Definitely the silliest title to grace a beyond-manly score, 1952’s KANGAROO was the first Hollywood film to be shot down under, even if its plot of two swindlers after an old coot’s money was a western that could have just as well taken place in Texas (of course minus a few shots of said creatures). Creating a massive orchestral soundtrack that was certainly as big as that state, not to mention a continent, was Sol Kaplan. Best known for his memorably shrill, epically dangerous music for the great STAR TREK episode “The Doomsday Machine,” Kaplan was an especially adventures composer in the early 50s with such oaters as RED SKIES OF MONTANA, RETURN OF THE TEXAN and RAWHIDE, all of which put him in good blockbuster stead to accompany ne’er do-wells Richard Boone and Peter Lawford as they fight over Maureen O’Hara.
The great thing about golden age scores of this sort was how completely uninhibited they were in virtually playing through the entire film, wearing their drama and lilting violin romance directly on their sleeves. KANGAROO‘s smashing action, quivering suspense and overall brooding atmosphere is up there with the most boisterous of the lot, with Kaplan’s especially dark opening recalling the work of Bernard Herrmann. Things do lighten up a tad with quotes of English-Irish Irish folks songs before returning to the struggle of men trying to tame the outback, with the dynamic 12-minute cue “The Dry Land” an especially dramatic piece in brassily conveying the physical, and emotional struggle that was the Hollywood homesteader experience. And when it comes to cues that buck like a bronco, the relentless, furious rhythms of “The Stampede” threaten to throw the listener out of their seat.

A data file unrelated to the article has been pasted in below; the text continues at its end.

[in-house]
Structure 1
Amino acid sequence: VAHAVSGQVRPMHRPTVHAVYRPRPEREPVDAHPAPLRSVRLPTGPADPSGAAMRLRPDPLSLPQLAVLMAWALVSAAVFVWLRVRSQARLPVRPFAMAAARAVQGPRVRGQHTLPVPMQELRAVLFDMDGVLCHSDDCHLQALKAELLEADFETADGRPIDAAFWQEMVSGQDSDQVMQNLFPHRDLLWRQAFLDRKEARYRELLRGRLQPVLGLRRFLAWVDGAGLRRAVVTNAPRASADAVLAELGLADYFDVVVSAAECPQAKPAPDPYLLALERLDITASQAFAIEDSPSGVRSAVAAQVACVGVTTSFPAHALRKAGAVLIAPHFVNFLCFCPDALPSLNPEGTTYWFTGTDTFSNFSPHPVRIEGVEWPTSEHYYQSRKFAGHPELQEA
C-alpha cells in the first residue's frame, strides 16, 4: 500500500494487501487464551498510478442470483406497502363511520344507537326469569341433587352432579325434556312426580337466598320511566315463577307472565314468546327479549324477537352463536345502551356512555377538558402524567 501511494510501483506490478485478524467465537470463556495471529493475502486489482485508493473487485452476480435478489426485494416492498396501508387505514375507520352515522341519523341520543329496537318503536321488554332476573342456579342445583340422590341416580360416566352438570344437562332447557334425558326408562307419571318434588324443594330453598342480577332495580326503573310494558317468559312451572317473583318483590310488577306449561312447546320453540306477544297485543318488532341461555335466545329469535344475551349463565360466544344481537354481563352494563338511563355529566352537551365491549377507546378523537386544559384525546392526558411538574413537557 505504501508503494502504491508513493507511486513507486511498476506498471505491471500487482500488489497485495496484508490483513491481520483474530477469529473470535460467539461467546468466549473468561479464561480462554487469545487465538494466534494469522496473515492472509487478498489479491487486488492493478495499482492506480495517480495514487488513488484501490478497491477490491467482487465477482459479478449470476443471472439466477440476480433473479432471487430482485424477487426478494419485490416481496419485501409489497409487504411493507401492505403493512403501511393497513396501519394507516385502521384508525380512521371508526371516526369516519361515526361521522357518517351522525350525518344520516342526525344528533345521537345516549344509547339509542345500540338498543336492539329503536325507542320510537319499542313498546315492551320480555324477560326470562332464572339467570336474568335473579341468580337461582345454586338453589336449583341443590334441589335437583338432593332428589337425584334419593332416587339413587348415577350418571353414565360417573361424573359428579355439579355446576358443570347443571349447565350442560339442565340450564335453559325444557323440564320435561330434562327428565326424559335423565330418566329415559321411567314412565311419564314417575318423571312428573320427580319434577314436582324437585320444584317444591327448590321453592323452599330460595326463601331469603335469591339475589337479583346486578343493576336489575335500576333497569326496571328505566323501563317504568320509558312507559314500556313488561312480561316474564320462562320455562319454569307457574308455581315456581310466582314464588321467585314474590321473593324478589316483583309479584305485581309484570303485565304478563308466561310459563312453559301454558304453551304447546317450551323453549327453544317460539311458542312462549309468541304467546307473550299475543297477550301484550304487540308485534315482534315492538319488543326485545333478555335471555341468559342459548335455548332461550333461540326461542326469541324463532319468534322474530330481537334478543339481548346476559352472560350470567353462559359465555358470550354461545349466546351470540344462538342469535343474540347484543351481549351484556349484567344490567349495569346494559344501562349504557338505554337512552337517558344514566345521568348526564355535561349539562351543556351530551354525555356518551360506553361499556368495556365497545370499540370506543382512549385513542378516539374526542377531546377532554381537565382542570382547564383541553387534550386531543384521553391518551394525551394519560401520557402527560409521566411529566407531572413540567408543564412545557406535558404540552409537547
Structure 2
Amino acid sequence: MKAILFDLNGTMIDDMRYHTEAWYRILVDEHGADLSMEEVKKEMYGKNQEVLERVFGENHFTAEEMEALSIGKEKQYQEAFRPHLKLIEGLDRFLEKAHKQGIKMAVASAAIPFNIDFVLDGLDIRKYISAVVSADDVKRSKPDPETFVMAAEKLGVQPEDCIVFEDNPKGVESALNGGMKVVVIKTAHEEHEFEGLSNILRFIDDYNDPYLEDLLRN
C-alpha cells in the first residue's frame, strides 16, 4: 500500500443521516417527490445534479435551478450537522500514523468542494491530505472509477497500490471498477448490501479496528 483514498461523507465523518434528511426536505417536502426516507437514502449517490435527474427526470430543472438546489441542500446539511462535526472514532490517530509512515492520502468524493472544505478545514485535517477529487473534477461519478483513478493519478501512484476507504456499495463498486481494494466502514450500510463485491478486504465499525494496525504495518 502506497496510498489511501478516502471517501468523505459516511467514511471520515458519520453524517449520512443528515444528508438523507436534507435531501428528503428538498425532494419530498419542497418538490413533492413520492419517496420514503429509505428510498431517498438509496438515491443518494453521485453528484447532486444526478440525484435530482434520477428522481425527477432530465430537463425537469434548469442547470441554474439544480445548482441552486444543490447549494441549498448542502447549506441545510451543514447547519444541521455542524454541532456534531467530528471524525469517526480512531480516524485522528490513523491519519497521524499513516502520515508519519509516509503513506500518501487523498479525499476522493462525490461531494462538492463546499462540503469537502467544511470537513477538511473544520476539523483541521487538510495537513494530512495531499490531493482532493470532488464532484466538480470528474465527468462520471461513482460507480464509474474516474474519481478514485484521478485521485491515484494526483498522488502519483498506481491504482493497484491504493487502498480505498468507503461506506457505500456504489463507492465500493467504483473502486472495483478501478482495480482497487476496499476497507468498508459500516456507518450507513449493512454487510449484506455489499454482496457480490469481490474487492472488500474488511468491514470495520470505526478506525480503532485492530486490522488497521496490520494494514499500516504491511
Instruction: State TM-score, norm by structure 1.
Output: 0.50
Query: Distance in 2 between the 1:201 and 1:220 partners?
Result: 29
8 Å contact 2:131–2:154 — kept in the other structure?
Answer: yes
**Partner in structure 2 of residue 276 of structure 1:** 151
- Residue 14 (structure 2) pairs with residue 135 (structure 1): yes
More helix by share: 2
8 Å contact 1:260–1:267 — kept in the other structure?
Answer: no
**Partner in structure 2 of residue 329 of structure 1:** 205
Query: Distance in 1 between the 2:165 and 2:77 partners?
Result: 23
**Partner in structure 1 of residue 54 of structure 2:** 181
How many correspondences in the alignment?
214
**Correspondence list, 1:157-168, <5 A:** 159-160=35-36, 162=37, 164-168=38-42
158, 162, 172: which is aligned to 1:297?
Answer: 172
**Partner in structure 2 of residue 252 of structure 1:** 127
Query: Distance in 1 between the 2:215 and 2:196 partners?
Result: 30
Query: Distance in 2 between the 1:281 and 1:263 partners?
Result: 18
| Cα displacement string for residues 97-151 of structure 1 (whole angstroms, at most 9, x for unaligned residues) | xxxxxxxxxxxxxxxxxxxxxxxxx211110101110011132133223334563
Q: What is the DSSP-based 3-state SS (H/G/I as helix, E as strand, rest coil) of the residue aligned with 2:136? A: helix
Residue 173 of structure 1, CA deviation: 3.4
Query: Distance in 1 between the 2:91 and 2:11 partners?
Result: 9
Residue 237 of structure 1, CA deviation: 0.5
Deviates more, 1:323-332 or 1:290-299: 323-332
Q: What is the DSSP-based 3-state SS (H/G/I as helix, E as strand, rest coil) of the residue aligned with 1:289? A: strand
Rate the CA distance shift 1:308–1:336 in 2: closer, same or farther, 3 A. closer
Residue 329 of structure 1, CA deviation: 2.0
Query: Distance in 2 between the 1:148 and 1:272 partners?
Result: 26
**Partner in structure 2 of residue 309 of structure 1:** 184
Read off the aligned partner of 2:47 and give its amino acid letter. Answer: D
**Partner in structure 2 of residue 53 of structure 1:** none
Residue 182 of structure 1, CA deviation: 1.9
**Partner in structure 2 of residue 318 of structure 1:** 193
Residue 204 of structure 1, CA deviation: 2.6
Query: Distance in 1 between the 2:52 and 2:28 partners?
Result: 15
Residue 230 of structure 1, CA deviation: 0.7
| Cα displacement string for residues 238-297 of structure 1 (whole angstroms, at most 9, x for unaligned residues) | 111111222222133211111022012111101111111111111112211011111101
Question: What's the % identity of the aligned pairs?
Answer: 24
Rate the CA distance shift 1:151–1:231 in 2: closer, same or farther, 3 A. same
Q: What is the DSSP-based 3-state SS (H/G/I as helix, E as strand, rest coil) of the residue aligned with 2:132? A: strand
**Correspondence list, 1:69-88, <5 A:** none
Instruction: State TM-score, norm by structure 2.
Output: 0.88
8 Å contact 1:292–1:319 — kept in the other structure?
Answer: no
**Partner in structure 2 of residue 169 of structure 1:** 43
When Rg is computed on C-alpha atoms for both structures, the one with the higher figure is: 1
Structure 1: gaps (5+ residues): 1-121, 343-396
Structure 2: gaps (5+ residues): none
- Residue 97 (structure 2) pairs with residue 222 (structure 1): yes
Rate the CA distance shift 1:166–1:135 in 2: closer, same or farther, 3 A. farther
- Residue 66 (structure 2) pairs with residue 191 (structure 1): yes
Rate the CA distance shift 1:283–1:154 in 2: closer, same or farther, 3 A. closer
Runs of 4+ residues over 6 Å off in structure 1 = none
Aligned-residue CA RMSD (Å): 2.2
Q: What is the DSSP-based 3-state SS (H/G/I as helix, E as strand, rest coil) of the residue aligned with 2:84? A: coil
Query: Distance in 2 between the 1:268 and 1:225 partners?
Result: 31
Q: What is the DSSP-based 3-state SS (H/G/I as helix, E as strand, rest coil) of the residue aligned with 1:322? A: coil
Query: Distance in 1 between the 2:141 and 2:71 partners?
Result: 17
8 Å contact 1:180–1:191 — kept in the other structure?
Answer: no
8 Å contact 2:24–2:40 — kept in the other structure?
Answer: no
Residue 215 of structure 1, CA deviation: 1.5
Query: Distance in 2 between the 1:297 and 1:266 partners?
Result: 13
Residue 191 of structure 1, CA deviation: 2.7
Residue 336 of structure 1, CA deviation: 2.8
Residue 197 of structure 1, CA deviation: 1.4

One can hear the presence of music director Alfred Newman in Kaplan’s massive, and always melodic score, which serves as a thrilling discovery in the pantheon of classic Hollywood scores whose power bowed down to no man. Having done exceptional jobs releasing such classically robust scores as Dmitri Tiomkin’s CHAMPION and Franz Waxman’s SUNSET BOULEVARD, Counterpoint Records does another smashing job with a soundtrack from the era in making the music play with minimal “archival” age, chronicling its story in an exceptionally well-designed booklet, whose honestly engaging liners by James Doherty take a look at KANGAROO‘s trouble-fraught production that goes beyond its unfortunate choice of a name for a score that comes roaring at the listener like a brahma bull.
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